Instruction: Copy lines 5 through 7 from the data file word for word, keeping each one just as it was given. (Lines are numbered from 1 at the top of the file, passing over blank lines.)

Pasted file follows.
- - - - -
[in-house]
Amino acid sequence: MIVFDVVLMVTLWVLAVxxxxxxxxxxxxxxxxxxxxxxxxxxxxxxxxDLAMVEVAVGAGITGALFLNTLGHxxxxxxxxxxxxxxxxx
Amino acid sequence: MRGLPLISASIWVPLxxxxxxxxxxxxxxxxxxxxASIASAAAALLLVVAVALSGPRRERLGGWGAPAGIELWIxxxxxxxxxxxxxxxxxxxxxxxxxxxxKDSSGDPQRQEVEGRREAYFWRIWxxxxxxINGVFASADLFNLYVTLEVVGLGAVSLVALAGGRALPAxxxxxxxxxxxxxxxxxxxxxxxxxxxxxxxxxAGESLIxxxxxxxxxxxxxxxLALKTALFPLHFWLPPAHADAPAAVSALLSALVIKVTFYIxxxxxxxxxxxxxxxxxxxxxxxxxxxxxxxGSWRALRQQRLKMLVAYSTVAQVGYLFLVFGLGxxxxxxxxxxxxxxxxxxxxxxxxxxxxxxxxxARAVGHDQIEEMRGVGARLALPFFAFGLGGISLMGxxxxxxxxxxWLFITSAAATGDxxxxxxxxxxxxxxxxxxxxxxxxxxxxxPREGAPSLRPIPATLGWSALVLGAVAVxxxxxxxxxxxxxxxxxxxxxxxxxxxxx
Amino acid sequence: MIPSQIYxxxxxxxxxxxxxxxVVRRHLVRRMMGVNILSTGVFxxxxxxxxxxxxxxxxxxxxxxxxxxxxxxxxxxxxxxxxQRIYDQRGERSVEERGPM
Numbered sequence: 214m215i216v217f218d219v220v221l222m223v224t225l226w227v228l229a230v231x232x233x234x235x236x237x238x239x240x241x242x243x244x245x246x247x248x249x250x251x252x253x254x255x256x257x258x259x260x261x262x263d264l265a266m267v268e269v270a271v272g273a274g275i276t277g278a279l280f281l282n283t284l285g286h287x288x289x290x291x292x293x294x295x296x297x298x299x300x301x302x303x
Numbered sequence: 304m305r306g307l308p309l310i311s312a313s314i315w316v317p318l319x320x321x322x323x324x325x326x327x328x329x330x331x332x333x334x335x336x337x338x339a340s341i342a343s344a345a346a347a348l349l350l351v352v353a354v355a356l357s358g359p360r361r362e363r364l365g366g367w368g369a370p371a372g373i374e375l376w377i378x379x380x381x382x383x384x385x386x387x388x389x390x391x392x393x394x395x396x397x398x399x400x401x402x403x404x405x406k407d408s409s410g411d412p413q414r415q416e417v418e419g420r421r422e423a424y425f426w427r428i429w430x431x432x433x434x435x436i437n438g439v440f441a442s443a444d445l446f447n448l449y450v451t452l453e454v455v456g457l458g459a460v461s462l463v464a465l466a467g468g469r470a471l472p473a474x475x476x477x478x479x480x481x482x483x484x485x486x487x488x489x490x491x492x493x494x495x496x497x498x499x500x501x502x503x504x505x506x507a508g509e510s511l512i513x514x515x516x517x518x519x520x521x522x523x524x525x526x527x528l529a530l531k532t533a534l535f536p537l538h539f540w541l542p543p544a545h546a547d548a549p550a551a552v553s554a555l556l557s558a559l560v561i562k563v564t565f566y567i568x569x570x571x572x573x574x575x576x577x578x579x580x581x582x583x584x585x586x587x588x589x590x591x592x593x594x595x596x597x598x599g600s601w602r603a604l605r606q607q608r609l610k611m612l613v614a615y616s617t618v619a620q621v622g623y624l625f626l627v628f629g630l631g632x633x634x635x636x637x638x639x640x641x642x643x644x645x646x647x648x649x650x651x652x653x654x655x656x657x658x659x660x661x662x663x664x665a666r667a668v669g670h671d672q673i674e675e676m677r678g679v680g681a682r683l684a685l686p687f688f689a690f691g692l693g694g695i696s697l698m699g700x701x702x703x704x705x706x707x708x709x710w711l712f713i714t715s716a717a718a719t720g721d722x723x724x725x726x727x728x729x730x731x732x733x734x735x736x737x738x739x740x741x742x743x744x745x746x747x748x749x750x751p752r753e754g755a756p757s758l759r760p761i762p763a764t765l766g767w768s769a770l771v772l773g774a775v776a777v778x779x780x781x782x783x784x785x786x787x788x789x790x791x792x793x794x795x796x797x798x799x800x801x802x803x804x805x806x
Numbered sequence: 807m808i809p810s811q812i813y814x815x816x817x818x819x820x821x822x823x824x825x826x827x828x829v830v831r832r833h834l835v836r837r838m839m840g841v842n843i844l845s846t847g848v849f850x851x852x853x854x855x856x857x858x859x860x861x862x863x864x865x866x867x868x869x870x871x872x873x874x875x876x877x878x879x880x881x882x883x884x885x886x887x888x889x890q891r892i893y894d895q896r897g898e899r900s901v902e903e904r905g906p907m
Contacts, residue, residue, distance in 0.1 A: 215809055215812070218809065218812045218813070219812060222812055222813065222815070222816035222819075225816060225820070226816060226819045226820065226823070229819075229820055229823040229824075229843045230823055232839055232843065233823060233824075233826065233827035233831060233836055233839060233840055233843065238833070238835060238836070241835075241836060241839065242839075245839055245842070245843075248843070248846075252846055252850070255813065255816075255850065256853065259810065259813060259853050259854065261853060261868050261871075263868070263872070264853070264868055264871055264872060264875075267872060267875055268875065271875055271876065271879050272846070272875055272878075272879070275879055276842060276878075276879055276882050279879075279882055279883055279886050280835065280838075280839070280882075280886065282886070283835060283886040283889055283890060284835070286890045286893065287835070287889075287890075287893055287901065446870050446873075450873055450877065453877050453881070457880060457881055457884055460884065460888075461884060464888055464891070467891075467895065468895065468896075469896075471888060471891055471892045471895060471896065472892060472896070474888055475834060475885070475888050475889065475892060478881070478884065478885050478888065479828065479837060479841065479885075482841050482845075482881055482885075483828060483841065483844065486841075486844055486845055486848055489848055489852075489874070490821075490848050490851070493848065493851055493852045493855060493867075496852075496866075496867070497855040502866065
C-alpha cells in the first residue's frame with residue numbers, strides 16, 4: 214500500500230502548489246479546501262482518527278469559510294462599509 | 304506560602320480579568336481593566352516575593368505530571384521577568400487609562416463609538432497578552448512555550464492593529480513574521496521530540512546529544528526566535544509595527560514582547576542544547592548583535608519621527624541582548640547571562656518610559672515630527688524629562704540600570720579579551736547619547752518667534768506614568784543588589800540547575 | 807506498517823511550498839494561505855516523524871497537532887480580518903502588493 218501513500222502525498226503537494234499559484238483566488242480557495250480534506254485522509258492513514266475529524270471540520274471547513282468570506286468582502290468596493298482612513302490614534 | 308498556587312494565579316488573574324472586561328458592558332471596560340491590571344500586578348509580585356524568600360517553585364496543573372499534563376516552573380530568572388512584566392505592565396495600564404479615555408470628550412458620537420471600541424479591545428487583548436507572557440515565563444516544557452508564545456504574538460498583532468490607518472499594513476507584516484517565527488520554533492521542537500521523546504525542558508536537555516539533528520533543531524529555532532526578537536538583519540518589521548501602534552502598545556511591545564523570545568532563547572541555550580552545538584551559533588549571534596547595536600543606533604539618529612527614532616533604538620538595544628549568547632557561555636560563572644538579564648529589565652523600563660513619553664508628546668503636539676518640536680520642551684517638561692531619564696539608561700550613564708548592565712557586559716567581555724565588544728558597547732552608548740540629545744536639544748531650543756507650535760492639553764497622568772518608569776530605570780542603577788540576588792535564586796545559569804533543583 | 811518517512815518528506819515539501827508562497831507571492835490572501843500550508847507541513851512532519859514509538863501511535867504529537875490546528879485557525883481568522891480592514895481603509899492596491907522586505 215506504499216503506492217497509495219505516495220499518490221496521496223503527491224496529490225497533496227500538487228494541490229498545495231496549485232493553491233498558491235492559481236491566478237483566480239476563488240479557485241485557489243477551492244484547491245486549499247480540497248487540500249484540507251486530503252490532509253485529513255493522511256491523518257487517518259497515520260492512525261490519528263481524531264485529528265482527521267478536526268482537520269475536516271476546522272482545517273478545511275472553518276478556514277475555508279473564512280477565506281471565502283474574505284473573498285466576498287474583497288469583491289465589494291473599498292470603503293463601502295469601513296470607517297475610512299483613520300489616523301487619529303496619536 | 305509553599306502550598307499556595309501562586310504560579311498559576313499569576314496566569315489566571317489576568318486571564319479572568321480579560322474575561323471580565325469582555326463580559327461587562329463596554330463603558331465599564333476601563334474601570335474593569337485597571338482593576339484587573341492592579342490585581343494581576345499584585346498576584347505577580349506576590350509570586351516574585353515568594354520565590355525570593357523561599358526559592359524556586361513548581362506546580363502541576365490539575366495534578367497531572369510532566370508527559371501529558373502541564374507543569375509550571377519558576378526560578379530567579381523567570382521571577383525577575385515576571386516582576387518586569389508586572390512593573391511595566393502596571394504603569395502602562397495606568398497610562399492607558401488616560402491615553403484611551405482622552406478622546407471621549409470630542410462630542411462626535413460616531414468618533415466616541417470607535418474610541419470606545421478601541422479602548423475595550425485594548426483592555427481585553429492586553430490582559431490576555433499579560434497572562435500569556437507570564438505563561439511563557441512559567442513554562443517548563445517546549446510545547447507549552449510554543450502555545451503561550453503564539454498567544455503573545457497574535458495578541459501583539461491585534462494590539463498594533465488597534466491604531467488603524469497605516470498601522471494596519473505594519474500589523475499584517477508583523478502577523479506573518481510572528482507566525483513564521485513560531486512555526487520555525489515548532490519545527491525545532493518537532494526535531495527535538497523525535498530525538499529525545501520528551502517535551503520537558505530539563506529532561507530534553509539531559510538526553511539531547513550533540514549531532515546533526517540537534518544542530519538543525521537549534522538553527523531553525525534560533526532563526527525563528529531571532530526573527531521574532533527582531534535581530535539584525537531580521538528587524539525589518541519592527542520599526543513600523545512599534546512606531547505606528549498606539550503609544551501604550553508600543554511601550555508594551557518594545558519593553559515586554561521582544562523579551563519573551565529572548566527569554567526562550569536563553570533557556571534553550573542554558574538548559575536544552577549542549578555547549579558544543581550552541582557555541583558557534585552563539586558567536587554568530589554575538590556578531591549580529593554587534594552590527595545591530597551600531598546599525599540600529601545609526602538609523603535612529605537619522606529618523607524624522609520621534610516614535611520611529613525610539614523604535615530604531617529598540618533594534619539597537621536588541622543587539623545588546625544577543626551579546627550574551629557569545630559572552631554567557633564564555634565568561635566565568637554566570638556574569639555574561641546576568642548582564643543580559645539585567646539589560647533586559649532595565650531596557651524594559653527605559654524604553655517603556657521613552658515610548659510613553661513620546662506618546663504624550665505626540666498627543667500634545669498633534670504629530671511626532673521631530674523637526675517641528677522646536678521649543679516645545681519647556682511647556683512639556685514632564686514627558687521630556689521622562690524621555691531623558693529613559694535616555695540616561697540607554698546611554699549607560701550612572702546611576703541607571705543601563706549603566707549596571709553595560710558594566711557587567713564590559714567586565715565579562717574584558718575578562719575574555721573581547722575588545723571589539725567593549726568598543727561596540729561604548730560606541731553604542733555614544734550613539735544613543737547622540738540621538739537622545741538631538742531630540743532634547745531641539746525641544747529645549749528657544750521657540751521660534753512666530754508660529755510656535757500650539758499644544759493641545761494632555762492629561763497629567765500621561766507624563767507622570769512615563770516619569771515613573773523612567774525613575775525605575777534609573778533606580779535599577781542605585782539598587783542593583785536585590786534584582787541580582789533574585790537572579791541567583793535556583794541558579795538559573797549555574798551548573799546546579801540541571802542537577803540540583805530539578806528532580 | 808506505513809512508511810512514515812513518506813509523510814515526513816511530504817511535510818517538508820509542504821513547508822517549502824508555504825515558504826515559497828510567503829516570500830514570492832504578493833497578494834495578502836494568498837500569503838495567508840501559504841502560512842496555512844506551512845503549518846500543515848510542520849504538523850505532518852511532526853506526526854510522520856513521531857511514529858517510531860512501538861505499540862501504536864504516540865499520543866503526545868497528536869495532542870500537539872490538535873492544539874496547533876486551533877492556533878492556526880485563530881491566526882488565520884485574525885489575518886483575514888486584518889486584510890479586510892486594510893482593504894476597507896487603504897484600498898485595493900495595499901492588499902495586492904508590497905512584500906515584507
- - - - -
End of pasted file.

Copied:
Numbered sequence: 214m215i216v217f218d219v220v221l222m223v224t225l226w227v228l229a230v231x232x233x234x235x236x237x238x239x240x241x242x243x244x245x246x247x248x249x250x251x252x253x254x255x256x257x258x259x260x261x262x263d264l265a266m267v268e269v270a271v272g273a274g275i276t277g278a279l280f281l282n283t284l285g286h287x288x289x290x291x292x293x294x295x296x297x298x299x300x301x302x303x
Numbered sequence: 304m305r306g307l308p309l310i311s312a313s314i315w316v317p318l319x320x321x322x323x324x325x326x327x328x329x330x331x332x333x334x335x336x337x338x339a340s341i342a343s344a345a346a347a348l349l350l351v352v353a354v355a356l357s358g359p360r361r362e363r364l365g366g367w368g369a370p371a372g373i374e375l376w377i378x379x380x381x382x383x384x385x386x387x388x389x390x391x392x393x394x395x396x397x398x399x400x401x402x403x404x405x406k407d408s409s410g411d412p413q414r415q416e417v418e419g420r421r422e423a424y425f426w427r428i429w430x431x432x433x434x435x436i437n438g439v440f441a442s443a444d445l446f447n448l449y450v451t452l453e454v455v456g457l458g459a460v461s462l463v464a465l466a467g468g469r470a471l472p473a474x475x476x477x478x479x480x481x482x483x484x485x486x487x488x489x490x491x492x493x494x495x496x497x498x499x500x501x502x503x504x505x506x507a508g509e510s511l512i513x514x515x516x517x518x519x520x521x522x523x524x525x526x527x528l529a530l531k532t533a534l535f536p537l538h539f540w541l542p543p544a545h546a547d548a549p550a551a552v553s554a555l556l557s558a559l560v561i562k563v564t565f566y567i568x569x570x571x572x573x574x575x576x577x578x579x580x581x582x583x584x585x586x587x588x589x590x591x592x593x594x595x596x597x598x599g600s601w602r603a604l605r606q607q608r609l610k611m612l613v614a615y616s617t618v619a620q621v622g623y624l625f626l627v628f629g630l631g632x633x634x635x636x637x638x639x640x641x642x643x644x645x646x647x648x649x650x651x652x653x654x655x656x657x658x659x660x661x662x663x664x665a666r667a668v669g670h671d672q673i674e675e676m677r678g679v680g681a682r683l684a685l686p687f688f689a690f691g692l693g694g695i696s697l698m699g700x701x702x703x704x705x706x707x708x709x710w711l712f713i714t715s716a717a718a719t720g721d722x723x724x725x726x727x728x729x730x731x732x733x734x735x736x737x738x739x740x741x742x743x744x745x746x747x748x749x750x751p752r753e754g755a756p757s758l759r760p761i762p763a764t765l766g767w768s769a770l771v772l773g774a775v776a777v778x779x780x781x782x783x784x785x786x787x788x789x790x791x792x793x794x795x796x797x798x799x800x801x802x803x804x805x806x
Numbered sequence: 807m808i809p810s811q812i813y814x815x816x817x818x819x820x821x822x823x824x825x826x827x828x829v830v831r832r833h834l835v836r837r838m839m840g841v842n843i844l845s846t847g848v849f850x851x852x853x854x855x856x857x858x859x860x861x862x863x864x865x866x867x868x869x870x871x872x873x874x875x876x877x878x879x880x881x882x883x884x885x886x887x888x889x890q891r892i893y894d895q896r897g898e899r900s901v902e903e904r905g906p907m